Now the mountains were ahead. A rib of mountains that runs from the pyrennes to the Atlantic side of Spain, isolating Vasconia, Santander, Asturias, parts of Galicia. It had finally penetrated my mudd walled mind that here in the North was the best folk material in Spain. And there were signs of snow already and I had nothing and in a day or a week or a month the roads would be blocked. Those mountais, my God, they're not so high, but they are majestic, difficult, strange, green pastures with grey crags rising into a pale blue sky and villages thay look as if they had come with the country and would never speak or sing. The people of this area all migrate out for the winter months and we missed them and spent two weeks hunting them in their even more inaccessible villiages in the lowlands where they stay for the winter. By now I had learned that I couldn't work without introductions in Spain, without some sort of official sponsorship, so I went straight to the Univ of Oviedo and found a local folklorist, who was like my father crossed with Burl Ives---and we whipped through ports and mining camps and mountain villages like crazy people recording two or three times a day, through mud and rain and pissmire streets and guardia civils with their vulture hats and their rifles--- by now I had the contract with BBC and if I didn't get this stuff in the north we wouldn't be eating the next few months and there was no tiemes left to talk with anybody, just time enough to keep the machine going and get the texts down... The same thing has gone on here in Galicia thogh the worst rains in twenty years, with people of a completely different temperament that the Asturians, complex, twiney minded, sensitive, irrascible, overfriendly hardworking non-nonsense Gallegos who have much the finest folkmusic in Spain and adore their bagpipers more than Jesus and always say come back in the summer when we all sing all day long. This is a country of tangled green hills, split into tiny patches by rock fences, purpled with vinyards, softened by eternal mists and fogs and rains, where every turn of the road hids a village and every village is really different from the next... The lads fight here with shileagleahgs. The girls are liberal with their favors. 40 percent of births illegitimate. People go barefoot all winter. The fishermen are starving because the sardines have moved off the Portuguese coast. At every crossroads is a grantite pillar with a beautiful weather won carving of Jesus on the Cross and the Holy mother back--each carving better than all the rows in the museums, all done by local unknowns. All the crafts here have their secret languages---and their songs---they are nearly gone but I've recorded some. The knifegrinders of the world all come from a certain mountain villiage. I have their language and their song and addresses in Texas where they live... Now for two days I'm out of tape. BBC is sending more on Friday. And I've still got parts of Leon and Santander and Vasconia to before I finish. And then God knows I'll have only a half ass collection---badly understood, most of it because I've worked so fast. Forty hours of songs---much of it repetition, much of it monotonous, almost all of it the maccoy, but what it's for I'm not sure yert. And to really be able to write about it well I'd have to spend another six months in Spain. And I can't figure ut why or what for. Maybe this collection can do a lot of harm and can spread a lot of bad ideas. I'm worried about it and about my role in it. I never intended to do it, but sort of fell into this trap of time and spent five months or six now and all my money and have to retrieve it or my work stops for good maybe.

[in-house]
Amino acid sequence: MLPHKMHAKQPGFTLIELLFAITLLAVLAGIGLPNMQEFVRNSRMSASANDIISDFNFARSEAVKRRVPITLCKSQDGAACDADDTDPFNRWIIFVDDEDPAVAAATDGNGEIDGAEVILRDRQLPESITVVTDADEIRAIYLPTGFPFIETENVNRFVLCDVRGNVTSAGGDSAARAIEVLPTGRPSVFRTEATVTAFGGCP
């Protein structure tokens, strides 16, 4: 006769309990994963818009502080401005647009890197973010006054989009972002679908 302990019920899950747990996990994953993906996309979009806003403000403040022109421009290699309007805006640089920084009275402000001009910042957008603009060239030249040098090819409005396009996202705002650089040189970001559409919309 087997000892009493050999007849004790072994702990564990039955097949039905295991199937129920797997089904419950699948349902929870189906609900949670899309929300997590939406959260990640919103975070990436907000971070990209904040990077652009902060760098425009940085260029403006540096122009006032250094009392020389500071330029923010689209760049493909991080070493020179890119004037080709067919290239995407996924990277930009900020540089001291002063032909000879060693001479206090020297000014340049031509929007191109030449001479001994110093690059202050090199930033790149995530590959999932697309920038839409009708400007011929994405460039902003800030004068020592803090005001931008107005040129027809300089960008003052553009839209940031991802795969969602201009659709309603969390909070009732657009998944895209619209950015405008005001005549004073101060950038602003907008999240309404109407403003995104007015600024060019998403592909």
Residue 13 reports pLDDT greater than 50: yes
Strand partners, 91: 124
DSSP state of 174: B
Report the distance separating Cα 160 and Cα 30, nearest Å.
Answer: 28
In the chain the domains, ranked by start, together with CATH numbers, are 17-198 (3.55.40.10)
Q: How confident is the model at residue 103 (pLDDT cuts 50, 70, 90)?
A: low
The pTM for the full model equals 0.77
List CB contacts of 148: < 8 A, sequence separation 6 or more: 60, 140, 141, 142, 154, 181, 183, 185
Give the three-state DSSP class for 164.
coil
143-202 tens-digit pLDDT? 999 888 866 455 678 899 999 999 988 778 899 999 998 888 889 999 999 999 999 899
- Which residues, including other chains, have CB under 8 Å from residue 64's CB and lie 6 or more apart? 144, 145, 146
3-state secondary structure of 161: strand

Well, I've learned a lot about myself. Writing when I take time for it is much beter, for reasons I can't fathom but accept. For the first time I feel that's what I want to do. For the first time I know by the pains in my chest and the weariness in my bones and my personal daydrams that all I want to do is to go to Italy where it's warm and there's a lot of good food and sit down and live poor and write. That sleeping bag you gave me is the best bed in Europe. ETc.. But I doubt now that I've begun to find myself that there'll be time to realize the things I begin to feel in my bones. Time is running to a stop very fast I think. I've tossed away my tow years of vacation on a job others could have done as well. timidity and technical difficulties stillhold up my albums at Columbia. It will requiere another two months to get the first ten out and another month to get my BBC programs done. So I'm hitching in my britches and hoping I can manage to stand it.

Write me by return in Madrid. If you send me anything for Christmas (A fountain pen with a blunt point wouldn't be gad) send it airmail to American Express, Paris. I'll probably be there for Christmas, altho I don't relish the prospect since I know no one in the city. I'll work through and wait for next Christmas.

I think of you and all the time and wish I could see you. Wish you had the money to meet me in Italy when the weather gets warm, but I reckon that's a luxury we can't afford this year. The more I think about the more I would like to live in Houston for two years and write a novel about what goes on there. Now look who's talking about writin a novel. I can't even write a short story....

This leter is much much too long...

Please call harold Preece for me and tell him I can't do anything for his Negro singer friend at such a distance... I'd love to see his book. My address Musee des ATP, Paris, Trocodero... Delighted his work is going so well.

Much much love to you and Anne and Agnes...
[firma:] Alan

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How to cite

Ascensión Mazuela-Anguita, "AFC 2004/004: MS 03.04.88", Fondo de Música Tradicional IMF-CSIC, ed. E. Ros-Fábregas (accession date: 16 May 2021),